I need to make a raster from a polyline shapefile. However, when I use gdal_rasterize (either directly or through QGIS), all my lines are drawn one pixel wide, while I need them to be drawn with the stroke weight of 3. I've examined the documentation at http://www.gdal.org/gdal_rasterize.html, but couldn't find a parameter to do so.

I have in mind some workarounds, but is there a simpler way to do so? My workarounds are: - render a raster 9 times smaller and blow it up - write a script that reads the raster and outputs a 3x3 block into another raster whenever it reads a non-zero pixel

  • You could potentially use a buffered geometry to get your results, although that is not a certain solution.
    – user10353
    May 18, 2014 at 23:21
  • I recommend to make a feature request for gdal_rasterize. It feels reasonable that it could be made to utilize at least partly the style definitions configured with OGR_STYLES gdal.org/ogr/ogr_feature_style.html.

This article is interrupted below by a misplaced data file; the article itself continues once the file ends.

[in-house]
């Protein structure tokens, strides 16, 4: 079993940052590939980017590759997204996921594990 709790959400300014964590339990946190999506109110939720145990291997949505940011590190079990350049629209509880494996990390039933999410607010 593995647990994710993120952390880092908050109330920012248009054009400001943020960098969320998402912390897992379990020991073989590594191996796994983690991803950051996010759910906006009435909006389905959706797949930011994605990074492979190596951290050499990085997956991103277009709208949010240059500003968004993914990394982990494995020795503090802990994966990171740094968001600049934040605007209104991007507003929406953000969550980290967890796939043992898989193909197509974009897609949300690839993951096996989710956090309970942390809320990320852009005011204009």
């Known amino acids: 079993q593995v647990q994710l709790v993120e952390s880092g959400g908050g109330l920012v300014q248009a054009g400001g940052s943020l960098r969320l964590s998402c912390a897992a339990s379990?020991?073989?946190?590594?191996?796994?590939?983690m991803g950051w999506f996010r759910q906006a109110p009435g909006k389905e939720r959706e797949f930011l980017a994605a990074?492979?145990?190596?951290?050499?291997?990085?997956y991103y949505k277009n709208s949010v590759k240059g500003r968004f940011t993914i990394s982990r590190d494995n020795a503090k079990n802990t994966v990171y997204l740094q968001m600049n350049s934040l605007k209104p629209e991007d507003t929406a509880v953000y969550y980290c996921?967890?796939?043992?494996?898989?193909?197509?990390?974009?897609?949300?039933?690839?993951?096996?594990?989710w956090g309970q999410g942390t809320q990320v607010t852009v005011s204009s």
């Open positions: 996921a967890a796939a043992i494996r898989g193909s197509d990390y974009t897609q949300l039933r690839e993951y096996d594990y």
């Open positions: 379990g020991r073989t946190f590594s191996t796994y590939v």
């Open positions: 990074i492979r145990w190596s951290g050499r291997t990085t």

– user30184
    May 19, 2014 at 5:47

2 Answers 2


Hope this one helps.

Use GDAL rasterize to conver polyline to raster, then it is possible to run r.neighbors with a 3 (by 3) sized neighbourhood. see also in this post.

This is my result on some lines drew on WGS84. This is only a snapshot but the method works for all featurs and/or raster cells. Original polyline colored yellow, in black are the polyline to raster result. Then layered underneeth in red is the last raster with a 3 pixel "buffer".


It quite similar to the workaround you have suggested, but enable you to drop scripting and use GRASS tool instead. I find it to be most intuitive way to handle such a problem.


Line features do not have a width in GIS. It is the styling that makes them thicker (as you need it).

You can make a buffer around your line elements to get polygons with a defined width.

But note that this is in map units, while the width of the line is in pixels.

Your Answer

By clicking “Post Your Answer”, you agree to our terms of service and acknowledge you have read our privacy policy.

Not the answer you're looking for? Browse other questions tagged or ask your own question.